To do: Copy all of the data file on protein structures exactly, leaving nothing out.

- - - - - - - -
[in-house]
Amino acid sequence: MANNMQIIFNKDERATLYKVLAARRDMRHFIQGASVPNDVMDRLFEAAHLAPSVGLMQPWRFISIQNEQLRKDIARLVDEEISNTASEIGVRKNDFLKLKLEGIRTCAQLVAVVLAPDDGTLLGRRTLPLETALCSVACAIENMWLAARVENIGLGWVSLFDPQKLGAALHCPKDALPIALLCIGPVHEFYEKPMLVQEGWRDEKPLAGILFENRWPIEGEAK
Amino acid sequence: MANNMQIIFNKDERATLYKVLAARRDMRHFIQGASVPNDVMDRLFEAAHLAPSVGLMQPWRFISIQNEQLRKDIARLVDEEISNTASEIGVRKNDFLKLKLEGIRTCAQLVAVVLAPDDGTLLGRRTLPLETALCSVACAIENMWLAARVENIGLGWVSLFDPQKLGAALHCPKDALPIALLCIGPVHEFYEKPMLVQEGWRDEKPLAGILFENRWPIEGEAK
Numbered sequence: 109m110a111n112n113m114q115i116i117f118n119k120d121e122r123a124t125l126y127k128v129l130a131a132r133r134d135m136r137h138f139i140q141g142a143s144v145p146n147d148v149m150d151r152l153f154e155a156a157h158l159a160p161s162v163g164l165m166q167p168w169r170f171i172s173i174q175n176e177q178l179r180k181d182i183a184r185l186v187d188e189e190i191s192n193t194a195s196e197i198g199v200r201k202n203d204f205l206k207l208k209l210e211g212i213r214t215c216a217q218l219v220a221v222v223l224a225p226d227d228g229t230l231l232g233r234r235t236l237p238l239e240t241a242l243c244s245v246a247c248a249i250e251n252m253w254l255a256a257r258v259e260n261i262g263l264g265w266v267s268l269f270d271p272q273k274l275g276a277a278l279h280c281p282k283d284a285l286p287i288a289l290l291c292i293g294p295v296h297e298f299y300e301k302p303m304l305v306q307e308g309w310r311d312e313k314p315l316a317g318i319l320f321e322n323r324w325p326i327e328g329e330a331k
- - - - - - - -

[in-house]
Amino acid sequence: MANNMQIIFNKDERATLYKVLAARRDMRHFIQGASVPNDVMDRLFEAAHLAPSVGLMQPWRFISIQNEQLRKDIARLVDEEISNTASEIGVRKNDFLKLKLEGIRTCAQLVAVVLAPDDGTLLGRRTLPLETALCSVACAIENMWLAARVENIGLGWVSLFDPQKLGAALHCPKDALPIALLCIGPVHEFYEKPMLVQEGWRDEKPLAGILFENRWPIEGEAK
Amino acid sequence: MANNMQIIFNKDERATLYKVLAARRDMRHFIQGASVPNDVMDRLFEAAHLAPSVGLMQPWRFISIQNEQLRKDIARLVDEEISNTASEIGVRKNDFLKLKLEGIRTCAQLVAVVLAPDDGTLLGRRTLPLETALCSVACAIENMWLAARVENIGLGWVSLFDPQKLGAALHCPKDALPIALLCIGPVHEFYEKPMLVQEGWRDEKPLAGILFENRWPIEGEAK
Numbered sequence: 109m110a111n112n113m114q115i116i117f118n119k120d121e122r123a124t125l126y127k128v129l130a131a132r133r134d135m136r137h138f139i140q141g142a143s144v145p146n147d148v149m150d151r152l153f154e155a156a157h158l159a160p161s162v163g164l165m166q167p168w169r170f171i172s173i174q175n176e177q178l179r180k181d182i183a184r185l186v187d188e189e190i191s192n193t194a195s196e197i198g199v200r201k202n203d204f205l206k207l208k209l210e211g212i213r214t215c216a217q218l219v220a221v222v223l224a225p226d227d228g229t230l231l232g233r234r235t236l237p238l239e240t241a242l243c244s245v246a247c248a249i250e251n252m253w254l255a256a257r258v259e260n261i262g263l264g265w266v267s268l269f270d271p272q273k274l275g276a277a278l279h280c281p282k283d284a285l286p287i288a289l290l291c292i293g294p295v296h297e298f299y300e301k302p303m304l305v306q307e308g309w310r311d312e313k314p315l316a317g318i319l320f321e322n323r324w325p326i327e328g329e330a331k